Russia cancelled plans to deploy missiles in its enclave of Kaliningrad in response to the US decision not to base missile defence in Europe, President Dmitry Medvedev has said.
"When I first mentioned this idea, I said we would site Iskander missiles in response to the decision to implement the missile shield," Medvedev told reporters yesterday after the G20 summit in the US city of Pittsburgh.
"Since this decision has been cancelled, I naturally took the decision not to place Iskander missiles in the corresponding region of our country."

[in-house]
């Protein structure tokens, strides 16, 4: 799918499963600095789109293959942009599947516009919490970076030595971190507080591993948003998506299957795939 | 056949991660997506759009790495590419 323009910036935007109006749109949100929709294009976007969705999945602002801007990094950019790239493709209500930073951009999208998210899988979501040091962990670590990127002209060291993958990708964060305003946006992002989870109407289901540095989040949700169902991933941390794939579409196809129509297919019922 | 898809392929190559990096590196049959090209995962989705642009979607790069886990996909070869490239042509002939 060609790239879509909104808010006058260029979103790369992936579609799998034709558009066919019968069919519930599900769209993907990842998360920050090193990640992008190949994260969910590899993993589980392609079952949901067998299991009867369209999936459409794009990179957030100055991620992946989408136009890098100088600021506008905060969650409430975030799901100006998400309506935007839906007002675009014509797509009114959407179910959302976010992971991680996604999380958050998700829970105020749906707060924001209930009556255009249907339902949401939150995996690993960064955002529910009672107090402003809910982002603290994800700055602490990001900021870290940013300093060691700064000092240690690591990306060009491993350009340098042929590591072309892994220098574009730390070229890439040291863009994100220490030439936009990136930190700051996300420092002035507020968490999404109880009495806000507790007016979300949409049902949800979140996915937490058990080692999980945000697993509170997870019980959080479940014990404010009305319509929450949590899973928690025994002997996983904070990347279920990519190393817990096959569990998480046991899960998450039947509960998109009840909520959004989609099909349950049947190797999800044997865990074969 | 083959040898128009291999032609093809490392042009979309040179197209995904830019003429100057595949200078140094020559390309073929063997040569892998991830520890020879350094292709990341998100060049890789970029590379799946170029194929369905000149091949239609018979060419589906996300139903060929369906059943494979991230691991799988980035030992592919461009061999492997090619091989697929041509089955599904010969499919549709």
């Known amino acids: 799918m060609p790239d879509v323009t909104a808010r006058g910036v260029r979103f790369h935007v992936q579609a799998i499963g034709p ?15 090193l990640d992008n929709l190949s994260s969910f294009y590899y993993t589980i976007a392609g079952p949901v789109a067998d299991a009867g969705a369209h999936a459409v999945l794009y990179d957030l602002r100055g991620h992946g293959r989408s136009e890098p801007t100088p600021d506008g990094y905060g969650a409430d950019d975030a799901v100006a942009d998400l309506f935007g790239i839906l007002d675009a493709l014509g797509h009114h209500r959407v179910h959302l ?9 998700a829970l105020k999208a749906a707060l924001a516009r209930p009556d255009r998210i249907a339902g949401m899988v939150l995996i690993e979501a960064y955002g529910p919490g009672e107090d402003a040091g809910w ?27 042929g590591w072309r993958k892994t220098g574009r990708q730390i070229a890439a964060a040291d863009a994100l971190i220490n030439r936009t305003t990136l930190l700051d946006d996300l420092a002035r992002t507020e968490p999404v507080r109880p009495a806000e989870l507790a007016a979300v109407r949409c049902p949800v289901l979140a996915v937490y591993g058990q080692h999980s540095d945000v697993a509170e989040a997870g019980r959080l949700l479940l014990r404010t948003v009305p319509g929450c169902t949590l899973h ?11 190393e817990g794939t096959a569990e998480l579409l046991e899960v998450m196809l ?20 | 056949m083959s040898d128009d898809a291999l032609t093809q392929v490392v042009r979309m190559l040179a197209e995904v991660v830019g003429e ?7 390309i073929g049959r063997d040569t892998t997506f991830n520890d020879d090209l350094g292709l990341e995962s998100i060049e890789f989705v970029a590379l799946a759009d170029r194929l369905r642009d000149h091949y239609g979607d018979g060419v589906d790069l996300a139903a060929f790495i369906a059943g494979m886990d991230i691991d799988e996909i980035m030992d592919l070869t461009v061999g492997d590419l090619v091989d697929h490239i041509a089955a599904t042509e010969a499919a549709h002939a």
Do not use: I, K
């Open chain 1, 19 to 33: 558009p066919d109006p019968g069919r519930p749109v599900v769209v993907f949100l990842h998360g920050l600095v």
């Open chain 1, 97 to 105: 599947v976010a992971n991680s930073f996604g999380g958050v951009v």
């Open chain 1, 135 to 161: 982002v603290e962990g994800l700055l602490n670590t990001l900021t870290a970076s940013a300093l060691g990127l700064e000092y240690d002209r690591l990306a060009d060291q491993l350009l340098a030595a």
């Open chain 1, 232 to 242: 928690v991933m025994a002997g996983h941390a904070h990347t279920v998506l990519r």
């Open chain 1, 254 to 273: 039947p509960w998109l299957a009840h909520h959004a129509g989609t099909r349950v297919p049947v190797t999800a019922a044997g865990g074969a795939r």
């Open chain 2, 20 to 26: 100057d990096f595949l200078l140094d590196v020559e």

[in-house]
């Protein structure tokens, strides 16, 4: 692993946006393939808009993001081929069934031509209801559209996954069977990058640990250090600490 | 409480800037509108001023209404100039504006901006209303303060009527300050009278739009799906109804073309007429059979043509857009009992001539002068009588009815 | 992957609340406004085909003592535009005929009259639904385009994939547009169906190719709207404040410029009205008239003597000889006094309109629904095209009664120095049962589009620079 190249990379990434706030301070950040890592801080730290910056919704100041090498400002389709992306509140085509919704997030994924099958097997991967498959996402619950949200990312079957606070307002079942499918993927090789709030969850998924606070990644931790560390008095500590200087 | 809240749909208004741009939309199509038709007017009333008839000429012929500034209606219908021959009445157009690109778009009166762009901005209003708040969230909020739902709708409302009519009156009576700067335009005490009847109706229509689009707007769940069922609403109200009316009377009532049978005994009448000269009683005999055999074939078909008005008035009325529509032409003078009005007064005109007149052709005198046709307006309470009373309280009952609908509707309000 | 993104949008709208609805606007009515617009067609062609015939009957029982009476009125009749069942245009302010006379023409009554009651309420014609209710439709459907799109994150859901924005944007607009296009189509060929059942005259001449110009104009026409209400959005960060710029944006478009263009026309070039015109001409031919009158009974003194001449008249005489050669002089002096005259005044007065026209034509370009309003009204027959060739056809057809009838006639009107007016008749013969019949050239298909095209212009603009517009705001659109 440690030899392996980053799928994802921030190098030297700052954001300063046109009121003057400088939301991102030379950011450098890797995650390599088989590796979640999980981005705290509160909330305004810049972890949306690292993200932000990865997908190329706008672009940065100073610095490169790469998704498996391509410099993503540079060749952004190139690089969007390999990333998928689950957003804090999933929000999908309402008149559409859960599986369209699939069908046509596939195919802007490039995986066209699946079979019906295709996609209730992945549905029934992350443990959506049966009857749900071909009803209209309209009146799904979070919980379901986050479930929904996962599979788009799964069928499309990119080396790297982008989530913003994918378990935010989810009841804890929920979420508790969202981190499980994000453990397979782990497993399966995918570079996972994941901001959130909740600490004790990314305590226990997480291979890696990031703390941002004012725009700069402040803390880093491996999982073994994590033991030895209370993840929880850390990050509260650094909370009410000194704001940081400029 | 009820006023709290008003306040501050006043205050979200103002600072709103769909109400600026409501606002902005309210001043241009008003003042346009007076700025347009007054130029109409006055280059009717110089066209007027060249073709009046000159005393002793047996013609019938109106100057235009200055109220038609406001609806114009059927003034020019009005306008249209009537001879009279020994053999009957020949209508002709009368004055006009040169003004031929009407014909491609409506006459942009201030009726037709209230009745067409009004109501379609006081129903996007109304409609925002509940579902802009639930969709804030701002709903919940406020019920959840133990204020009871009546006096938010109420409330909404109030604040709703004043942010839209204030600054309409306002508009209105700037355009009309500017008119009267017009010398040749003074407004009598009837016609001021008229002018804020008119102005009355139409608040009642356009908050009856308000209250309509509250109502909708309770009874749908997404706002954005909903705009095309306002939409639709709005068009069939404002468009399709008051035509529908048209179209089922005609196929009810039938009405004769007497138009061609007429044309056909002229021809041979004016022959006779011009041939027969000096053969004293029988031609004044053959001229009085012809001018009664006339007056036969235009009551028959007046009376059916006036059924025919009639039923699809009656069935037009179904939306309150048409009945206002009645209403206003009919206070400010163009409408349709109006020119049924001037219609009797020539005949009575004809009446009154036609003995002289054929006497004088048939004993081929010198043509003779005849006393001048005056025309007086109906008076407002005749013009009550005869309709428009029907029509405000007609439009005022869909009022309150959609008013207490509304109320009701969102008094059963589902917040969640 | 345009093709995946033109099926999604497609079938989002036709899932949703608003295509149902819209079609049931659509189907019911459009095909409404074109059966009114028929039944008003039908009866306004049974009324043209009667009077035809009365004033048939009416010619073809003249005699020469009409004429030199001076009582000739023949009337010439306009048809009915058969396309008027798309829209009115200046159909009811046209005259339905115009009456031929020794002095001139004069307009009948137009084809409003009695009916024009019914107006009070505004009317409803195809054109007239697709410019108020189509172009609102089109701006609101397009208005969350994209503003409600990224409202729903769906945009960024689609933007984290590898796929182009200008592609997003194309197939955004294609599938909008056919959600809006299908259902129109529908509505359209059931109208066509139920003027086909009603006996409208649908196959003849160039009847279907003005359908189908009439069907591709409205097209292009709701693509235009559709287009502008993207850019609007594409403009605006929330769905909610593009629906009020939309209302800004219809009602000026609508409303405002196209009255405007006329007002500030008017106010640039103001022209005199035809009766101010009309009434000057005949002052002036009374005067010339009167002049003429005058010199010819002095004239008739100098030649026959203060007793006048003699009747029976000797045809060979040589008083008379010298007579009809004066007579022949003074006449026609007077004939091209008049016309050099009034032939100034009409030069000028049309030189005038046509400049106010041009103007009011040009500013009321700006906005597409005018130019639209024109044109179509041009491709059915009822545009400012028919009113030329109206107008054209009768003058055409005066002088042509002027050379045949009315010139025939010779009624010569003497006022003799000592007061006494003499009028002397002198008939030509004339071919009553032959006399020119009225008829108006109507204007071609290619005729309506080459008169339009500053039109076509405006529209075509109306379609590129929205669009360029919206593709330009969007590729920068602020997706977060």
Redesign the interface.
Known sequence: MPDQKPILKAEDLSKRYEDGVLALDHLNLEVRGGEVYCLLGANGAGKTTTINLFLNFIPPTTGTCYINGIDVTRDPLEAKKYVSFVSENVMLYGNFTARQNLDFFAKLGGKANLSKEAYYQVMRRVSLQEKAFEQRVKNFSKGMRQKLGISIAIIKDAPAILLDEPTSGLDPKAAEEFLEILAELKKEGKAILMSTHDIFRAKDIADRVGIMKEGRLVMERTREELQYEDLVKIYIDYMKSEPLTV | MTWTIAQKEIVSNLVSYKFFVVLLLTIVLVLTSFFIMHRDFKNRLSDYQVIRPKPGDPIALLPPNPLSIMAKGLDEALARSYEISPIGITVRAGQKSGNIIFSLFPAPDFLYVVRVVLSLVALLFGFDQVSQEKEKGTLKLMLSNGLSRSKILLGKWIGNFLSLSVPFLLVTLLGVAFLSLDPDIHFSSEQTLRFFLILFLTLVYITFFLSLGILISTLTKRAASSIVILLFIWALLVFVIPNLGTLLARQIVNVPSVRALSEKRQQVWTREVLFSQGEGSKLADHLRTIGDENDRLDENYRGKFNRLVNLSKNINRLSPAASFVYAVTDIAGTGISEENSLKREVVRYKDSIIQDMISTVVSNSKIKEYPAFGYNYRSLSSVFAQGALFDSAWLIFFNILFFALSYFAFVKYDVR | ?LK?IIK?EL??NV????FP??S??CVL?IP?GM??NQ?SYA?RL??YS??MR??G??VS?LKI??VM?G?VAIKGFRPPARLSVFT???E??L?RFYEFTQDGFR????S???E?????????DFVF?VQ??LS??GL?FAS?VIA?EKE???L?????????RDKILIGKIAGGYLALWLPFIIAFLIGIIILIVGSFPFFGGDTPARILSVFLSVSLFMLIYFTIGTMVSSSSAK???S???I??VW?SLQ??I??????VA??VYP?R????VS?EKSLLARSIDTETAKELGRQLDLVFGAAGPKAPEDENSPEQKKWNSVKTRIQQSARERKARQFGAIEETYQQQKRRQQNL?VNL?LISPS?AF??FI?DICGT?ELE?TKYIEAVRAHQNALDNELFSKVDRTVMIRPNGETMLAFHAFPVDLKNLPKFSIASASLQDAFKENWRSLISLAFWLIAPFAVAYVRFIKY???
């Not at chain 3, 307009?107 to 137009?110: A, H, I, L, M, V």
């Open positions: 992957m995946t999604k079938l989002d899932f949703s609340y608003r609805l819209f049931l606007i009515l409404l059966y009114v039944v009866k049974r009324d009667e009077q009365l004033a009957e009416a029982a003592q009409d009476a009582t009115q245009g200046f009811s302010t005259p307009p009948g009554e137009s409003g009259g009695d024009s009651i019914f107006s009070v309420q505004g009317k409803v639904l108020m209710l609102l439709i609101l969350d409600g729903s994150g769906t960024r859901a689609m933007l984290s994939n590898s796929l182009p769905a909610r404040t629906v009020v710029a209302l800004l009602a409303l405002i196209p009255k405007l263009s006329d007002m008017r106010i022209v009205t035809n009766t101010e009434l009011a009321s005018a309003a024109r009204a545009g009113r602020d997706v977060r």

Last week, Moscow confirmed that it had dropped a threat to site missile batteries in Kaliningrad, a Russian enclave on the Baltic coast entirely surrounded by NATO member states.
Russia had fiercely opposed a US plan, promoted by President Barack Obama's predecessor George W. Bush, to build a missile shield by placing a radar facility in the Czech Republic and interceptor rockets in Poland.
Obama's decision to drop the plan caused dismay in parts of Eastern Europe that still fear Russian interference, but was welcomed in Moscow.